Australia markets open in 9 hours 42 minutes
  • ALL ORDS

    7,759.30
    +5.00 (+0.06%)
     
  • AUD/USD

    0.7520
    +0.0024 (+0.32%)
     
  • ASX 200

    7,443.40
    +2.40 (+0.03%)
     
  • OIL

    83.84
    +0.08 (+0.10%)
     
  • GOLD

    1,801.00
    -5.80 (-0.32%)
     
  • BTC-AUD

    83,051.55
    -1,158.41 (-1.38%)
     
  • CMC Crypto 200

    1,500.40
    +1,257.72 (+518.26%)
     

The Morning After: The verdict on Nintendo’s OLED Switch

·Bureau Chief, UK
·5-min read

If you wanted to own a Nintendo Switch, you probably have one by now, unless you were waiting for the long-rumored Pro model. Sadly, the OLED Switch, which we put through its paces here, is not the 4K-upscaling, next-gen Nintendo console we dreamed of.

The Morning After
The Morning After

It does, however, pack a bigger gorgeous OLED screen, better battery life (despite what appears to be the same internal parts) and a slightly more modern design. That means fewer bezels, a kickstand you might actually use and a redesigned dock.

The biggest question is: Who is this for? Both the original Switch and the Lite are cheaper and offer largely the same gaming experience — if you play through a TV, it’s exactly the same.

For the early adopters — or handheld gamers — the OLED model appears more attractive. A bigger screen and better battery life are both boons for mobile gamers. But is it enough for you to stump up $350, especially when we’re all waiting for Nintendo to announce a more notable console upgrade. Despite Nintendo's upfront denial, a new console can’t be too far away. The question for would-be OLED Switch buyers is: How long till the next Nintendo console arrives? Read Kris Naudus' full review right here.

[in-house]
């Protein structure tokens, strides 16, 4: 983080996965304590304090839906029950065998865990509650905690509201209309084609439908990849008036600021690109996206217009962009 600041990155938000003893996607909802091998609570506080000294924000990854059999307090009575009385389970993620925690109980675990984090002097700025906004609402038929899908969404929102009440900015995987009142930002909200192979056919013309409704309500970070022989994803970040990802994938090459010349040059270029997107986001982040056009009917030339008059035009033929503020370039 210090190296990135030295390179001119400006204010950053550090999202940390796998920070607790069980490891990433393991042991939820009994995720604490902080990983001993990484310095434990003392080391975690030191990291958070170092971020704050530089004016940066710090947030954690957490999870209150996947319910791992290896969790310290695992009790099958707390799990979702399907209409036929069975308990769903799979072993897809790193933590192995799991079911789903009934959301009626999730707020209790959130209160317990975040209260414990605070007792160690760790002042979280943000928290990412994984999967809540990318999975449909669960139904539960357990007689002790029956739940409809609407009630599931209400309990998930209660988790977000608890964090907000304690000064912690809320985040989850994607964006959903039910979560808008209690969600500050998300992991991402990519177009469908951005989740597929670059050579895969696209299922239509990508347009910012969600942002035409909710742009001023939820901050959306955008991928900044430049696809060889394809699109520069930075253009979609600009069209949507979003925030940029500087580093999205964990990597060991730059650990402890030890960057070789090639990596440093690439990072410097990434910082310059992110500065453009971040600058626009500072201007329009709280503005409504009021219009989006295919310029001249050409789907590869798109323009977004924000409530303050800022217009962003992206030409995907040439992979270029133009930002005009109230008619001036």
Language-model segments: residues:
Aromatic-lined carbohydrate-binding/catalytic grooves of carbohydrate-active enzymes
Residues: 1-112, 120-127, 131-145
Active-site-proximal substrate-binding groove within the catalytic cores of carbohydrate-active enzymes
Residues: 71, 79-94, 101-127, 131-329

— Mat Smith

Twitch responds to massive data breach

It says it was “due to an error in a Twitch server configuration.”

Twitch logo
Twitch logo

Twitch has released an update on a massive hack that appears to have exposed source code, streamer payment figures and other information. It said data was exposed to the internet "due to an error in a Twitch server configuration change that was subsequently accessed by a malicious third party." It added its teams are working with "urgency" to investigate the attack. The streaming site believes no login credentials, including passwords, were exposed.

Yesterday, attackers said they stole the "entirety of Twitch.tv," including the site's mobile, desktop and console Twitch clients. It also accessed proprietary SDKs and internal AWS services. All of this could make Twitch vulnerable to future attacks by letting potential hackers probe for weaknesses.

Continue reading.

Apple says apps must offer a way to delete your account starting in early 2022

Users in some countries have another way to report issues with apps, too.

Developers who let users create an account in their iOS, iPadOS and macOS apps will have to offer a method of deleting accounts in apps from January 31st. Apple announced this requirement, alongside other App Store guideline changes, at the Apple Worldwide Developers Conference back in June as part of a push to give users more control over their data.

Continue reading.

One person’s quest for the perfect wireless mouse

Click here.

The Morning After
The Morning After

Mice are not sexy computer peripherals. But for those of us tethered to computer screens, they’re often crucial. James Trew, while negotiating some pretty bad RSI, decided it was time to upgrade his setup and tested out mice from some of the biggest companies, including Microsoft and Logitech. His demands were humble enough: a focus on ergonomics. But which mouse won out?

Continue reading.